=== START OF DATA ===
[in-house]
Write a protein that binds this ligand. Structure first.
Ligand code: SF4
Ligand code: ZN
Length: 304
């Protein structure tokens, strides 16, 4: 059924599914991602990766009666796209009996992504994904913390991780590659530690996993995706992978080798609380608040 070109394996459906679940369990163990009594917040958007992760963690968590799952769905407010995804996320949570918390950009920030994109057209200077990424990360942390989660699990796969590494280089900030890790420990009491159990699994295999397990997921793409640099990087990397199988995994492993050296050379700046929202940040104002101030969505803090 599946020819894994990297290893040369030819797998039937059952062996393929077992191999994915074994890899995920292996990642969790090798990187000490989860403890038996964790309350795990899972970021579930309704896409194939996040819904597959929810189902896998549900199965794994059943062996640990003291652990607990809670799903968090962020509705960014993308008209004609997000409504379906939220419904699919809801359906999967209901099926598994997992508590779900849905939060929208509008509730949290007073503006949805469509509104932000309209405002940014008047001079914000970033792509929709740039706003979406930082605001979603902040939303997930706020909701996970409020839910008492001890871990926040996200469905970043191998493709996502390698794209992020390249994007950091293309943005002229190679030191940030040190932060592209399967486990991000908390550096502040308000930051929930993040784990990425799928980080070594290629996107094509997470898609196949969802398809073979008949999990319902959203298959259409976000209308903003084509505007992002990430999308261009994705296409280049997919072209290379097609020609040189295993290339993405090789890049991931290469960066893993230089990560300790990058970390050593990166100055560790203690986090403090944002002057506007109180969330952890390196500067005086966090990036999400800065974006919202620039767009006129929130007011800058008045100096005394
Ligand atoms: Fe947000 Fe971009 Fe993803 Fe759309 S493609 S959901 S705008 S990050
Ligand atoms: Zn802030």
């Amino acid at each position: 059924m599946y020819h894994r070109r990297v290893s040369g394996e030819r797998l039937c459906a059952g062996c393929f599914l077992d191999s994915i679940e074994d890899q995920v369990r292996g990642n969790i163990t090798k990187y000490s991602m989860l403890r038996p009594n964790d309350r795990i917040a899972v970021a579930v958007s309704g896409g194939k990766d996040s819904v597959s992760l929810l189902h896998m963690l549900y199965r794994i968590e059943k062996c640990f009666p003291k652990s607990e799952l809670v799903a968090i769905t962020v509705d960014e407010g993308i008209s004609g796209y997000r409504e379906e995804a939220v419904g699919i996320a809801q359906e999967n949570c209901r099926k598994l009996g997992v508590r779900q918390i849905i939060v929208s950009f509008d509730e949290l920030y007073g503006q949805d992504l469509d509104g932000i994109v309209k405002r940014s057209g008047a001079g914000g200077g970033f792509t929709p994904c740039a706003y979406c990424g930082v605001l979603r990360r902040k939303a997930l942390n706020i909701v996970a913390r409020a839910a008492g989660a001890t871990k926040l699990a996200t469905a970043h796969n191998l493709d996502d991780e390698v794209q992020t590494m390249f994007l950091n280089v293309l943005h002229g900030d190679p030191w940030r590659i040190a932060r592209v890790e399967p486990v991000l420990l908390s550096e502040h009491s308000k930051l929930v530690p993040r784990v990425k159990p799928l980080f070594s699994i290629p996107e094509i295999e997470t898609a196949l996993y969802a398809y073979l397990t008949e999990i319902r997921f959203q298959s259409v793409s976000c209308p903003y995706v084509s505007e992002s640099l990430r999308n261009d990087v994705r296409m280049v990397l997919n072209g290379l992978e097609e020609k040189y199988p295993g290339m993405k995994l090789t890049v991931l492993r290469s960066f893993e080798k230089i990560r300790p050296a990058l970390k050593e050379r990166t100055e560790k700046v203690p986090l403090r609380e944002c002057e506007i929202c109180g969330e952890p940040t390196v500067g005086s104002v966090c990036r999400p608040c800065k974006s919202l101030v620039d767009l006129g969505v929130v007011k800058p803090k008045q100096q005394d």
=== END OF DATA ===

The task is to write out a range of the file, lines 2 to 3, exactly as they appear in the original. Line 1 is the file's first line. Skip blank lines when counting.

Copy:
Write a protein that binds this ligand. Structure first.
Ligand code: SF4